in The Belt and Road Initiative in Asia, Africa, and Europe (edited by David Arase and Pedro Miguel Amakasu Raposo de Medeiros Carvalho)
London: Routledge, 2022
Abstract: Chinese-built infrastructure in Africa has been dominating the discourse on Beijing’s increasing influence in the region. Considering that Africa’s humongous infrastructure gap is estimated to require massive investments to the tune of US$130–170 billion a year, China’s focus on the sector has naturally been welcomed by most African governments. Their unanimous support to the BRI—overlooking the strong pushback Chinese projects have received on the ground—is critical to further the narrative of the ‘benign BRI’ and provide a canvas for ‘brand China’ to showcase its standards, efficiency, and an ‘alternate method of doing business’. This chapter explores whether China’s mega infrastructure projects address Africa’s connectivity conundrum especially as the COVID-19 pandemic is likely to slow down construction. It also tries to reimagine what opportunities a scaled-down BRI could provide for Indian engagement with countries in the African continent. The findings in this chapter are based on fieldwork conducted in East Africa as part of a project undertaken at the Institute of Chinese Studies (ICS) between 2018 and 2019.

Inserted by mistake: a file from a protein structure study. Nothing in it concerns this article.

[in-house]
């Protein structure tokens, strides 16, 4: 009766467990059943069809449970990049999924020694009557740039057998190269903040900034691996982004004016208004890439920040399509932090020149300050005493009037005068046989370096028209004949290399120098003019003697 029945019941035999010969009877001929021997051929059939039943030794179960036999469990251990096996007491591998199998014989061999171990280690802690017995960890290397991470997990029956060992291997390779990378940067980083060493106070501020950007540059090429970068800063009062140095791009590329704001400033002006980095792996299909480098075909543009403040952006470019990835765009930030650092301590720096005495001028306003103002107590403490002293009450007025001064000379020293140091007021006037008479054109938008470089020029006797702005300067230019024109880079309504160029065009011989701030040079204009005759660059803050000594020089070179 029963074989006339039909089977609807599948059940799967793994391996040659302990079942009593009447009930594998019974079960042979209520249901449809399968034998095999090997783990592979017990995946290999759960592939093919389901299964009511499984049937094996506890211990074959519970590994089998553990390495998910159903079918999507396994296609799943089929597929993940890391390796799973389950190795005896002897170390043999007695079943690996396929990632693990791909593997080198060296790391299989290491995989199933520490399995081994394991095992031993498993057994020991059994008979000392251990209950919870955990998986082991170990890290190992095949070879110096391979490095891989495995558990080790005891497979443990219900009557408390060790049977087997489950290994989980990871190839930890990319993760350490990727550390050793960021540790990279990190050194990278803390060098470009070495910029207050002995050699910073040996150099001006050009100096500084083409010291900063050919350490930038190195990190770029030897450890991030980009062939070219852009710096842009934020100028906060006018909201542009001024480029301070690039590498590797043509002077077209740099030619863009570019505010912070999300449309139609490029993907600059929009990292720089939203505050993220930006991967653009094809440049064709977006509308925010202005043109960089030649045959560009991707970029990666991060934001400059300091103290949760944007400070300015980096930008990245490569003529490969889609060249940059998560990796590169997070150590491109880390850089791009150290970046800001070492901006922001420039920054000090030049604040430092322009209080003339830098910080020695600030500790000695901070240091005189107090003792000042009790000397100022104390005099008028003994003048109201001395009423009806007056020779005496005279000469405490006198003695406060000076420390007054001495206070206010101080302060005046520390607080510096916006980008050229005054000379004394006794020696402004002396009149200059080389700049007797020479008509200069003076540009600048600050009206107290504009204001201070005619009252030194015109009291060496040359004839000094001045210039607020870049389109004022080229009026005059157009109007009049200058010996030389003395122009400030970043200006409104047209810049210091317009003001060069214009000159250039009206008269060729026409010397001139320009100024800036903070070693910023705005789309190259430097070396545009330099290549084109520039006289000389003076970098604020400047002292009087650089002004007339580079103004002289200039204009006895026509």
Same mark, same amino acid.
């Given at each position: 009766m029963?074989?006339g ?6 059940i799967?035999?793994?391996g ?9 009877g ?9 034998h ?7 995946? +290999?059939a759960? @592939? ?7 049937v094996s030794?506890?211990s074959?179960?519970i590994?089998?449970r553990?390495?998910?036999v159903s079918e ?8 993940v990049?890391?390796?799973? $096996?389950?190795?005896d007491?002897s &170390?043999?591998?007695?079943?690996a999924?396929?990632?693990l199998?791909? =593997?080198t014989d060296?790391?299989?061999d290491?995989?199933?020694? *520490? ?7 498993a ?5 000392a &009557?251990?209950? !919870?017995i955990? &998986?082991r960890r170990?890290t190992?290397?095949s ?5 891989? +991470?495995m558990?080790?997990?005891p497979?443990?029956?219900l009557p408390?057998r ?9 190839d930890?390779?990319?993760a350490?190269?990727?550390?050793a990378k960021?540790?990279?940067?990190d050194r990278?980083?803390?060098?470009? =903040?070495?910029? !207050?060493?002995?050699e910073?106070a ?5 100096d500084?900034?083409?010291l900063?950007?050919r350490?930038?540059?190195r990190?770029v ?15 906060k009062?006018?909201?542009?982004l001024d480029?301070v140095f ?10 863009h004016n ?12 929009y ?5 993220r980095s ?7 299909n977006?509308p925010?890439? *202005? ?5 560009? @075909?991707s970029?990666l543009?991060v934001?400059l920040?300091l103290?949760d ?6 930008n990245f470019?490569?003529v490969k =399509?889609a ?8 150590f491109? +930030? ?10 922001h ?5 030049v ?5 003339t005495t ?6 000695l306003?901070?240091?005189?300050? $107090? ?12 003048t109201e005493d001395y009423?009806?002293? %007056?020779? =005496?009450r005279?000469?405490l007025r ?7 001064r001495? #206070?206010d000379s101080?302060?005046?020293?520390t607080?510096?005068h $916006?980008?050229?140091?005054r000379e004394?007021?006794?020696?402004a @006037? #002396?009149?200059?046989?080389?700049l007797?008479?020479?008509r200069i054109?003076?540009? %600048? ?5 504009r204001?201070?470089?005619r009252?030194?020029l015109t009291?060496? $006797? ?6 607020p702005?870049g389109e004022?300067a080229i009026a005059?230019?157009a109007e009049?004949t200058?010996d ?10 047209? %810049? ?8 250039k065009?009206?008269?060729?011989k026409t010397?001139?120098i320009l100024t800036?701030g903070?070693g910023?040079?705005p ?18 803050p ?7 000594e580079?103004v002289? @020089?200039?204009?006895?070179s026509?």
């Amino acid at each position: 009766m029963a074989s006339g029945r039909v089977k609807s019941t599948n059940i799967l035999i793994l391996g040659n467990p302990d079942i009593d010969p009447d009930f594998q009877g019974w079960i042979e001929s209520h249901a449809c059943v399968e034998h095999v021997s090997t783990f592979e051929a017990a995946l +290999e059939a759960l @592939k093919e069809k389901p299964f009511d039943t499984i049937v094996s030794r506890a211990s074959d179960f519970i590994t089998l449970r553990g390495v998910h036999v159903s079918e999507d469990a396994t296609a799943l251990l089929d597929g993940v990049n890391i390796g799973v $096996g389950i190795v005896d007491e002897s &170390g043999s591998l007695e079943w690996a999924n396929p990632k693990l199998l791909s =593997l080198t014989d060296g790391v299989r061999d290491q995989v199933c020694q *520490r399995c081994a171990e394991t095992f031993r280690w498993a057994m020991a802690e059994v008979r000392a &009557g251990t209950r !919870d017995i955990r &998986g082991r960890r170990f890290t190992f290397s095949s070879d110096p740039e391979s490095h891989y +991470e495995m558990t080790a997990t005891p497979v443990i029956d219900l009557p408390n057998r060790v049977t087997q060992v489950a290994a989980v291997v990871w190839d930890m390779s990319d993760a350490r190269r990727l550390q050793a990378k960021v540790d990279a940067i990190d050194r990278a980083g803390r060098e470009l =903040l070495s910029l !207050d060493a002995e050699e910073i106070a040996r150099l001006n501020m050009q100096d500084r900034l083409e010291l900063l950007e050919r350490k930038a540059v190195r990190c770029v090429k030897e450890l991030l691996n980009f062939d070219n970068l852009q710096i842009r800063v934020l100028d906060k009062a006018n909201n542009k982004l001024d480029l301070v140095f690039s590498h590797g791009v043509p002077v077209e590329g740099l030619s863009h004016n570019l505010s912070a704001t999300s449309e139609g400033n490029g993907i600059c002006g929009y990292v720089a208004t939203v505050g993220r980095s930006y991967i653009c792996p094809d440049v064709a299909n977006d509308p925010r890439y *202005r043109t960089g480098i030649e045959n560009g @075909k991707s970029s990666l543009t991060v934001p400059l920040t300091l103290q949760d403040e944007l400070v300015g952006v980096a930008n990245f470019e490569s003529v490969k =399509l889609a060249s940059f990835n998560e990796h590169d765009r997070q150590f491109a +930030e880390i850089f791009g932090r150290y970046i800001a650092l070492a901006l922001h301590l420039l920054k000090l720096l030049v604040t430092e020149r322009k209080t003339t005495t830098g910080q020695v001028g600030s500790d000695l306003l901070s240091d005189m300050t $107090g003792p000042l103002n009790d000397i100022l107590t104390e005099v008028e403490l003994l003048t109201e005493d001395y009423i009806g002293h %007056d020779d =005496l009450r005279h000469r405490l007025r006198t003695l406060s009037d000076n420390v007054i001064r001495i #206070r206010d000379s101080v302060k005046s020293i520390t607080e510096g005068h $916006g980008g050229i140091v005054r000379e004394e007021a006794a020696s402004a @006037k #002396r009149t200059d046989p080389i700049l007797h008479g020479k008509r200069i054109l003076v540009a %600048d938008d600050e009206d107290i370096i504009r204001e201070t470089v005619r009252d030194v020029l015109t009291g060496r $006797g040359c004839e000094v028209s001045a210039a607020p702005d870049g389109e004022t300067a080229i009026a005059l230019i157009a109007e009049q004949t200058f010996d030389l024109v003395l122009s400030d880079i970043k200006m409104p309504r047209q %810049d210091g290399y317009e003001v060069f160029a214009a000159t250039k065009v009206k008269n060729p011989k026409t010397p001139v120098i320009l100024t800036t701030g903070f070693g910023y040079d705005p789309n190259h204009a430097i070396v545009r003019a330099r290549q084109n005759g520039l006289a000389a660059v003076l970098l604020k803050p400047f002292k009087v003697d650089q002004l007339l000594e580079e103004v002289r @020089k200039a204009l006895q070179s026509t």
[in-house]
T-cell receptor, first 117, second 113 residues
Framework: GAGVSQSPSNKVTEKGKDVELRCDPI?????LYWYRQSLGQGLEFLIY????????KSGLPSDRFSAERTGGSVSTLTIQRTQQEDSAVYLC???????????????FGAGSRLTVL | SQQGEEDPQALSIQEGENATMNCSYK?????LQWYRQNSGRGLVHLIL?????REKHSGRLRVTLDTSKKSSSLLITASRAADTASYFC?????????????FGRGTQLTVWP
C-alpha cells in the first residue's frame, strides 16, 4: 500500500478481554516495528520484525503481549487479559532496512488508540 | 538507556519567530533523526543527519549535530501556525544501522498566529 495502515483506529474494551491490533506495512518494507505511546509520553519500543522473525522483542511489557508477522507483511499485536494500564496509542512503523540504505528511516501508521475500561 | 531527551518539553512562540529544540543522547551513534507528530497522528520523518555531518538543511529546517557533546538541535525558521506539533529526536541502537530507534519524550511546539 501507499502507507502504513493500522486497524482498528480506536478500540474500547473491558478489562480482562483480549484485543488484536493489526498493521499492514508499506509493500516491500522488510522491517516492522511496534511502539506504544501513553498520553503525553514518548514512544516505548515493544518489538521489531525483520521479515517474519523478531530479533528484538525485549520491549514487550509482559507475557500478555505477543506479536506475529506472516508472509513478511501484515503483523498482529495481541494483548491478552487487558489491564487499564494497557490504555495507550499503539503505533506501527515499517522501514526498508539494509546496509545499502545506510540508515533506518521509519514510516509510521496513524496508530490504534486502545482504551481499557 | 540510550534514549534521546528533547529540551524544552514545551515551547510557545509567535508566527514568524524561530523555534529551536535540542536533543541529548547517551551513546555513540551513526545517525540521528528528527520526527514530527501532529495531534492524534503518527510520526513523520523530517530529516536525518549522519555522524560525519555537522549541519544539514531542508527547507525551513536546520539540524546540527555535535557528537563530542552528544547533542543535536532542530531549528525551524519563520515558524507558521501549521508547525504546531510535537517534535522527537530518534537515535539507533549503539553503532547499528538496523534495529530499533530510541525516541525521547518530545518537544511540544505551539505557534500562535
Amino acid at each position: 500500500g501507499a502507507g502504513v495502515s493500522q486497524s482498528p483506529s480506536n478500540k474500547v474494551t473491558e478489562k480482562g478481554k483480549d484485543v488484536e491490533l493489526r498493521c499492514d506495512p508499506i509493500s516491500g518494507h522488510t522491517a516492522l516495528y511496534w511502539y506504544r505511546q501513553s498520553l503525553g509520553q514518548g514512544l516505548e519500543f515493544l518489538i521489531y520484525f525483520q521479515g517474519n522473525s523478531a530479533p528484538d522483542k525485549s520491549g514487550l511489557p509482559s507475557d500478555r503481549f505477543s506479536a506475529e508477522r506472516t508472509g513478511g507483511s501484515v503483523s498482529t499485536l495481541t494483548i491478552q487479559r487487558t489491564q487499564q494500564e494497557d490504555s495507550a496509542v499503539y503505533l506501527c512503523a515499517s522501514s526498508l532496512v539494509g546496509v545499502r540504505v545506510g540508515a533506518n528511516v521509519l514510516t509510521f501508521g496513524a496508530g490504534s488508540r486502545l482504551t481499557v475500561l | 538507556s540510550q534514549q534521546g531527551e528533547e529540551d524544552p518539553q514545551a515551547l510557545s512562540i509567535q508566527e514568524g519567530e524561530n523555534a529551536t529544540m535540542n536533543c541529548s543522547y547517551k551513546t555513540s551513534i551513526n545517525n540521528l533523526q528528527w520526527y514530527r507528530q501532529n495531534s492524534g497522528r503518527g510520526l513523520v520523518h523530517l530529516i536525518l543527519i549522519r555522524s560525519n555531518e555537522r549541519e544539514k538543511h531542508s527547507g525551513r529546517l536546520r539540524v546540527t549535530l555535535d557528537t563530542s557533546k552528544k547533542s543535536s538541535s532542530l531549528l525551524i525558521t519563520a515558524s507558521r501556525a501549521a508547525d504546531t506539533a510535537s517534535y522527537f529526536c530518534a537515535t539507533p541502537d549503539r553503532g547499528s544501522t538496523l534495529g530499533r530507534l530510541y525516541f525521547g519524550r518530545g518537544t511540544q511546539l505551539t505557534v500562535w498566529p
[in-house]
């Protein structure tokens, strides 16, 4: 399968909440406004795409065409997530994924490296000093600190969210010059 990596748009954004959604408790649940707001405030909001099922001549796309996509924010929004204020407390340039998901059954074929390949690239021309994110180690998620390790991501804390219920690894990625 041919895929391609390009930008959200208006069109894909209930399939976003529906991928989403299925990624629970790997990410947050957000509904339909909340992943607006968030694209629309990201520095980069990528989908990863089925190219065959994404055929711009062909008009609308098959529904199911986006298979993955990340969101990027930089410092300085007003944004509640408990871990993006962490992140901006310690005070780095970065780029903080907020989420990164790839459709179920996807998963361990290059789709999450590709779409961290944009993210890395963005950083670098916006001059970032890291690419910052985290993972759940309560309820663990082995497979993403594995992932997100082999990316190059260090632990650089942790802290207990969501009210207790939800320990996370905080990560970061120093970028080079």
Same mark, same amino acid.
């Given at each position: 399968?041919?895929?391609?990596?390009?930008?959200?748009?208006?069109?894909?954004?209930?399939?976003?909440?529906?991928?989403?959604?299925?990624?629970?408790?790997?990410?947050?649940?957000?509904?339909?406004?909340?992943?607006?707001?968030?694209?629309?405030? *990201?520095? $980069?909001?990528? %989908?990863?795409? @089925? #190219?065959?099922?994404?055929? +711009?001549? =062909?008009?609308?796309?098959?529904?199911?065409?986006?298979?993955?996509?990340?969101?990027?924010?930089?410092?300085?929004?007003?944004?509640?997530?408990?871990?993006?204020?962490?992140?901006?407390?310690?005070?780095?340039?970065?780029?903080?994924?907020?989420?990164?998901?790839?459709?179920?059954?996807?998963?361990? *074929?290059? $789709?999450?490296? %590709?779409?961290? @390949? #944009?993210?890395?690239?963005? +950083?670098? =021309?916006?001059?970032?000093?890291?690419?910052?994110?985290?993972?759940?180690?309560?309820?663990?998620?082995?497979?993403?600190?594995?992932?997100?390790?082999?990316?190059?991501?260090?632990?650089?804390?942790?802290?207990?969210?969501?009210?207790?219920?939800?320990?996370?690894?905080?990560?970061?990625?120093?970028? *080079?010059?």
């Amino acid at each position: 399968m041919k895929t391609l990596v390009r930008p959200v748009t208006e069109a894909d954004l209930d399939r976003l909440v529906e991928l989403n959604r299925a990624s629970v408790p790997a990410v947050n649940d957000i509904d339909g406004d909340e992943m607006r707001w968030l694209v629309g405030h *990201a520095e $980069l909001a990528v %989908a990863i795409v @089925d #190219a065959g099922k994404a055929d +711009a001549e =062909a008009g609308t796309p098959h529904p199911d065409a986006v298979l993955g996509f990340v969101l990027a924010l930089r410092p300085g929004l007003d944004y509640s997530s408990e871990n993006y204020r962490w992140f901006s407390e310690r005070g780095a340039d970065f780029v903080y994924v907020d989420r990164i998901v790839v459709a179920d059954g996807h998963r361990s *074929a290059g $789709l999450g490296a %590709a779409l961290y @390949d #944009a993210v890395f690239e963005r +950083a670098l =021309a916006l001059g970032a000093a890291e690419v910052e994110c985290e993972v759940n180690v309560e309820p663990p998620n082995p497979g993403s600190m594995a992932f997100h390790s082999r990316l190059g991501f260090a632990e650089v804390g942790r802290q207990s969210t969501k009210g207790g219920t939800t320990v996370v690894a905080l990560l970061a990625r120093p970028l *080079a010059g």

About the author: Veda Vaidyanathan was a HYI Chinese Studies in India Visiting Fellow from 2016-17.